Head2Toe

How The Cosmetic & Beauty Vloggers Paved A New Way Of Marketing

Guest Post: How the Cosmetic Business & Beauty Vloggers Paved a New Way of Marketing

Even if you have absolutely no personal interest in the world of facial cleansers, hair products or makeup, if you have any interest in the world of business and marketing, then you know that the beauty industry is one of the most potentially lucrative industries on the planet. With thousands of brands competing, marketing beauty is a huge, huge business.

In the old days, magazines and celebrities reigned supreme. Beauty companies would send a sample of their product to a magazine with the hope of being featured or to a Hollywood actress with the hope that she would mention it in an interview or be spotted holding the loot.


Today, if a beauty industry wants to raise their recognition level, the smartest thing to do might be to send a box of products to a 16-year-old girl living with her parents somewhere in Middle America. That is, if the brand wants to sell out an item overnight.


The Power Of YouTube


YouTube has completely changed the world of beauty marketing. YouTube “beauty gurus,” girls and women who film makeup tutorials, shopping “hauls” and lifestyle vlogs, arguably hold more power than even the most famous of celebrities. Taylor Swift giving a lipstick an endorsement might hold some weight, but these days, media-savvy consumers assume she’s being paid to push the product. A popular guru, however, is a trusted voice. Gurus start to feel like friends who are having a one-on-one conversation with their viewers.


Ten years ago, “online celebrities” were a bit of a running gag in the entertainment world. Today, however, it’s as valid a form of celebrity as any other. The list of gurus who’ve achieved mainstream success is growing with every passing year. Bethany Mota, a popular teen guru, appeared on Dancing With The Stars. Blair Fowler, a guru who started filming videos in her parents’ house at 16, has begun appearing in Hollywood films like The Duff and Prom.Guru Ingrid Nilsen’s love life is covered in The Daily Mail. Michelle Phan, one of the earliest gurus to gain popularity, is a spokeswoman for Lancome and the owner of her own successful makeup brand, Em.


Long story short, if you’re a makeup company that wants to get attention for your brand, push past that Allure Magazine reporter or CW actress. They might be blocking you from getting a face-to-face with the teenage girl from Cleveland who can really hawk your product.


Big Businesses Can’t Compete With Vloggers


Plenty of companies try to start YouTube channels in the hopes of sending the advertising revenue and the exposure directly back to their own brand. However, viewers don’t really “click,” no pun intended, with these corporate-owned channels. Unlike television of film, YouTube stars don’t seem like unapproachable goddesses on golden thrones. Most popular vloggers might be beautiful and lead elegant lives, but they always feel evocative of your favorite cousin or the nicest girl from your high school. They’re approachable, something that viewers latch on to.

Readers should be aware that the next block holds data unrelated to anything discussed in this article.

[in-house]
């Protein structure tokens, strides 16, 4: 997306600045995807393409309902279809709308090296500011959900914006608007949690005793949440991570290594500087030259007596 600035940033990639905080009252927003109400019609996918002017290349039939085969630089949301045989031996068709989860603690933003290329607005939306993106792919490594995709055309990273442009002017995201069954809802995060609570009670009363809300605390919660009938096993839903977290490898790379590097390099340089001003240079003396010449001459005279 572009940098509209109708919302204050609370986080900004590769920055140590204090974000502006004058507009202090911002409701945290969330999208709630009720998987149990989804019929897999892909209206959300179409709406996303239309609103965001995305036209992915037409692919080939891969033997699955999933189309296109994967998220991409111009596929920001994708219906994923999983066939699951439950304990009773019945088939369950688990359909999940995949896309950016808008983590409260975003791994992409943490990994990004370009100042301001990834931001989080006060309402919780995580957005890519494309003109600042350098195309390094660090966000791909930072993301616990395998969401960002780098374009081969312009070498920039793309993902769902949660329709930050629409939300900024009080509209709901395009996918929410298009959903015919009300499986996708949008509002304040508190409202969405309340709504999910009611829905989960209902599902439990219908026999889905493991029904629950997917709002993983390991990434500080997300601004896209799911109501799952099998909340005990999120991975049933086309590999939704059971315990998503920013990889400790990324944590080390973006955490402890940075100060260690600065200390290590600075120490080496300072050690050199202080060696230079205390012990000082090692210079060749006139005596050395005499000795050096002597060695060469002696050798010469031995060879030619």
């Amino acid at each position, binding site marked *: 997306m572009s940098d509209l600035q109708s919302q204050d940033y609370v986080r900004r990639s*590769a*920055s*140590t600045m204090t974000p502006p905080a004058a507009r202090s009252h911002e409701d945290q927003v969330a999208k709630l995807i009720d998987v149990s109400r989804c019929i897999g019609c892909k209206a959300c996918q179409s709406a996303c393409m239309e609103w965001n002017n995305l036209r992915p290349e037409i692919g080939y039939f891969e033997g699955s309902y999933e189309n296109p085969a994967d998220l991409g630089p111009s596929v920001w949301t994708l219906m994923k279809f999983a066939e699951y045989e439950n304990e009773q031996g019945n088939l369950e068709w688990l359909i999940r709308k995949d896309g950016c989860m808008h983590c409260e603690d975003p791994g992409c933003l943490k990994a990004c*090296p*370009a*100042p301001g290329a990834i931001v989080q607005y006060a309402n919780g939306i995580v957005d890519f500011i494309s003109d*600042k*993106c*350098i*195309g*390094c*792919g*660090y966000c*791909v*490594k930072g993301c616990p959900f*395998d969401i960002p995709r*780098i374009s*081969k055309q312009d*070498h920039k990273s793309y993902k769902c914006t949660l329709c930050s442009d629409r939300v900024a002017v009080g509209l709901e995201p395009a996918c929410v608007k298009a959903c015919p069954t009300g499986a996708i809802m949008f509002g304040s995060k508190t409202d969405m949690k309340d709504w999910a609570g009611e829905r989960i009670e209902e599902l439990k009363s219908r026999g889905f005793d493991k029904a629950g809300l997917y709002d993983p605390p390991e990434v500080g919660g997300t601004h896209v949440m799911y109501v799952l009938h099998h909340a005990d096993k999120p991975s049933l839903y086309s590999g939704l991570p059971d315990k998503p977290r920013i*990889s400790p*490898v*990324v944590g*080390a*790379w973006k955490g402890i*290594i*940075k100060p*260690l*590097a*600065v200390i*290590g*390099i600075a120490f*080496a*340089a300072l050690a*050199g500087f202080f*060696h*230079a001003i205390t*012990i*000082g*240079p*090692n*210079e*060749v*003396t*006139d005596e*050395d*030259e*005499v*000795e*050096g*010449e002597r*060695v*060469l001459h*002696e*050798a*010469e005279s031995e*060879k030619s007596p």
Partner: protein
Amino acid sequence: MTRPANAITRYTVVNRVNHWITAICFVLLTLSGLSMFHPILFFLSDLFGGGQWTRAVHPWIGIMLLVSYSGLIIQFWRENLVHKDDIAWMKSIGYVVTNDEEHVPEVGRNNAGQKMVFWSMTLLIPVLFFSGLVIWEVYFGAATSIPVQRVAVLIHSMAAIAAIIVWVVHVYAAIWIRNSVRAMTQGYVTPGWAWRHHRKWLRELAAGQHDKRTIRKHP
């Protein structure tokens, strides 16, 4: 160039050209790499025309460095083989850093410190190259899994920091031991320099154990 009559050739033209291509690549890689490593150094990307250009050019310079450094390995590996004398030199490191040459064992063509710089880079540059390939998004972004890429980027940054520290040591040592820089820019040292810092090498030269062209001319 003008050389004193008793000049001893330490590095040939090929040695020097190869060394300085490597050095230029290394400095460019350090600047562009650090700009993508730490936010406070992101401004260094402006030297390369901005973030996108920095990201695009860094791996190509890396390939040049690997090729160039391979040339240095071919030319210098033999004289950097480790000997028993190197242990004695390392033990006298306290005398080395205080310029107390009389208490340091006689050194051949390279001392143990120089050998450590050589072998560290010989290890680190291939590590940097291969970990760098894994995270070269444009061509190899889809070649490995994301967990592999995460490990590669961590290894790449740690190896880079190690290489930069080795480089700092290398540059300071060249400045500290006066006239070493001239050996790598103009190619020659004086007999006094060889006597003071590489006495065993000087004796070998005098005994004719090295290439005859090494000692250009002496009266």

There are an estimated 15 billion beauty videos on YouTube. A whopping 97% are owned by individuals rather than companies.


A Mutually Beneficial Relationship


There’s something really beautiful about the relationship between companies and these successful gurus. The gurus profit by bringing in advertising revenue and sponsorship deals, while the companies can gain exposure that is far more effective than a magazine ad. The gurus profit by continuing to feature companies that sponsor them and the companies profit by continuing to create relationships with gurus.


In recent years, the FCC has updated regulations on advertising in YouTube videos, which has been strongly attributed to the rise of beauty and lifestyle vloggers. Today, a guru must disclose if they have received free products or been paid by a company. However, this really hasn’t slowed down the effectiveness of the guru-beauty company relationship. The laws are keeping gurus and companies honest, but they’re not stopping sponsorship deals from being effective.


The Beauty Of Beauty Videos


The average beauty video is only about 10 minutes long. Unlike a television show or a movie, viewers can “binge” dozens of YouTube beauty videos. Because of this, companies will always have a plethora of opportunities to sponsor multiple gurus to feature their product.

At the end of the day, there’s nothing more effective than a girl who looks like a slightly more glamorous version of the head cheerleader telling her viewers that she adores a hand cream or an eyeshadow, at least not in this day and age. Fashion magazines and celebrities might dislike the change of events, but one thing is for sure: Thanks to cosmetics and beauty vloggers, the world of marketing your product has been forever changed.

Special thanks to Evan Carly, the writer of this fantastic article! Evan Carly is a freelance writer that enjoys riding his motorcycle and gaining more experience from life.
About head2toemag (444 Articles)
Head2Toe Magazine is an online hair, beauty, and fashion magazine

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